Sage: 30 months

You’re two and a half years old.

How is that even real?

I feel like I’m repeating myself when I tell you that your vocabulary and intelligence is growing all the time. It’s amazing to see. There is still not a day that goes by that you don’t surprise me.

You’re an incredibly conscientious little girl. (And you insist that you’re a little girl. Not a baby. Not a big girl. A little girl.) When you get in trouble, you sit in “Time Out” quietly — even to the point where you said to the dog, Chelle: “No, Chewwe, I can’t pway wid you wight now. I’m in Time Out.” Sometimes, after telling me what you did that you weren’t supposed to do, you then tell me all the other things you remember you’re not supposed to do.

This past month, you had a few nightmares. You asked me if there was a scary monster downstairs. You told me you had bears climbing into your crib at night. These are slightly funny, but also very sad moments for me. I don’t want you to be scared of monsters or crib-invading bears.

Occasionally, you have pulled things out of memory after a few days. The other night I was putting you to bed and you asked for a song that I had only sung to you one other time, and that was several days earlier. By the third time I sang it, you remembered most of the words.

You love to tell us all about your day and what you’re seeing and observing. You love to make believe. You love to change words in songs to make them funnier to you. (One night, “Twinkle Twinkle Little Apple” made you just about lose your mind with laughter.)

I tried to teach you a joke recently, after you suddenly one day said, “Knock knock, who’s dayuh?” It hasn’t gone so well. You got the punchline wrong; I corrected it; and then you repeated it correctly. I tried again. You got the punchline wrong (the same way) again; I corrected it; and then you repeated it correctly again. Now, you’re convinced that it’s part of the pattern, and we sometimes have an exchange that goes like this:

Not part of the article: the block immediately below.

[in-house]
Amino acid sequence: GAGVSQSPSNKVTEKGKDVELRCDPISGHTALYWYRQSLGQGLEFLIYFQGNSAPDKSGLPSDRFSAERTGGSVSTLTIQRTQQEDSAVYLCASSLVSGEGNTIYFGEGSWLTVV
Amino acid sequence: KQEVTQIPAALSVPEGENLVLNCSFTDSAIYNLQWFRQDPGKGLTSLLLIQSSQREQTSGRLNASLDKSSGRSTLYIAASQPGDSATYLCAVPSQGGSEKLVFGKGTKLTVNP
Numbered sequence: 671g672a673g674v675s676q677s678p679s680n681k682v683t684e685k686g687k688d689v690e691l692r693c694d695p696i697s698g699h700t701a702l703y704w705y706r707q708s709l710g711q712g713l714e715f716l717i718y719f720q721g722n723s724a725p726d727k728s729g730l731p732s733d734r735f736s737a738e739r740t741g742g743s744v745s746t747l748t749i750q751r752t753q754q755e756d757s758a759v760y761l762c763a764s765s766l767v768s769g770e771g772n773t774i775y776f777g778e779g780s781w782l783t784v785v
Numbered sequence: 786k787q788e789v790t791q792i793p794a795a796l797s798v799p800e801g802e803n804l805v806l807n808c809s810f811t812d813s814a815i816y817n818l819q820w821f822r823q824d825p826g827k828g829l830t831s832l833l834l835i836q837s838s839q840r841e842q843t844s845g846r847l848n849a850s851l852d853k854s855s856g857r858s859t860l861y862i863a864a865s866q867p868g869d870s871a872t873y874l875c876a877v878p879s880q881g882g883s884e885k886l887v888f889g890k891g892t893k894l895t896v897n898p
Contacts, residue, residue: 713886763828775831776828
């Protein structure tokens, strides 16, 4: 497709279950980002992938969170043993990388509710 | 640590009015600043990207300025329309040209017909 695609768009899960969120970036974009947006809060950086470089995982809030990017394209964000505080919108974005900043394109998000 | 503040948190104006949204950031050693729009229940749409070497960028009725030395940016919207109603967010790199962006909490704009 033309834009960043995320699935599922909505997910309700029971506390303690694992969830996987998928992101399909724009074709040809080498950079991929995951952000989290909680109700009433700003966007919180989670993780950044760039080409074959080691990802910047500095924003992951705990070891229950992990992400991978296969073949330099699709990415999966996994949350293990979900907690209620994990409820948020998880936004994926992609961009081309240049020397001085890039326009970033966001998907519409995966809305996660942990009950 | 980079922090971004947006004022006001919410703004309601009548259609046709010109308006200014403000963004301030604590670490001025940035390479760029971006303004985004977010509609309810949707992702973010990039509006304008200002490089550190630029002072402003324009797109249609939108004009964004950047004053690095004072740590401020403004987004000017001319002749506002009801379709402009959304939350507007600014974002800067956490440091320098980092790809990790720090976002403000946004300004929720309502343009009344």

“Okay, Sage, say ‘knock knock.'”
“Knock knock.”
“Who’s there?”
“Joe who?”
“Mommy Joe!”
“No, it’s ‘Joe Mama.'”
“Joe Mama — I did it!”

You’re starting to learn how to manipulate people, too. Recently you spent a couple weekdays with our friend Sue and her three boys. On one of those days you said you wanted to watch cartoons, and Sue told you it wasn’t cartoon time. After pouting a little bit, you asked Sue, “Can I snugga wid you on da couch?” She picked you up and snuggled with you… and after just a few seconds, you started looking around and asked her where the remote was.

I recently went out of town for a couple days to visit about a hundred ComedySportz friends from all over the country (and the UK). So many of them told me how much they like reading the stories I post about you. You make a lot of people happy!

So because it’s a half-birthday, which has always seemed kind of important to me for some reason, I feel like the advice today is supposed to be bigger, or different, or something. I always tell you to be who you are — advice that, frankly, I’m still struggling to follow myself some of the time.

I’ve often tried to think of advice I could give you that wouldn’t feel, later in life, like I had tried to push you into anything. But there is something that I really do want to push you into. Fall in love with words. Reading. Storytelling. Writing.

You already enjoy books, but I want that to last. I want you to love books and words as much as I do. Not because it means you’re smarter than other people or anything smug like that. But because books and stories and words are all about communication — the connections between people. Words help shape your world, whether it’s other people’s words or your own. Learn about etymology and context and subtext — not because it’s crucial to know these things, but because learning them sometimes opens up new ideas that propel you to greater things.

And the words I want you to know most of all:

I love you.

Your mother and I both love you so much, Sage. You make us so happy that even on the nights you drive us absolutely bonkers, it’s better than I could have imagined.

Now that you’re halfway to five (oh Lord, help me), I bet we’ll have more nights where you’re driving us bonkers. But no matter what…


This entry was posted in Family, Fatherhood and tagged , , . Bookmark the permalink.

Leave a Reply

Fill in your details below or click an icon to log in: Logo

You are commenting using your account. Log Out /  Change )

Google+ photo

You are commenting using your Google+ account. Log Out /  Change )

Twitter picture

You are commenting using your Twitter account. Log Out /  Change )

Facebook photo

You are commenting using your Facebook account. Log Out /  Change )


Connecting to %s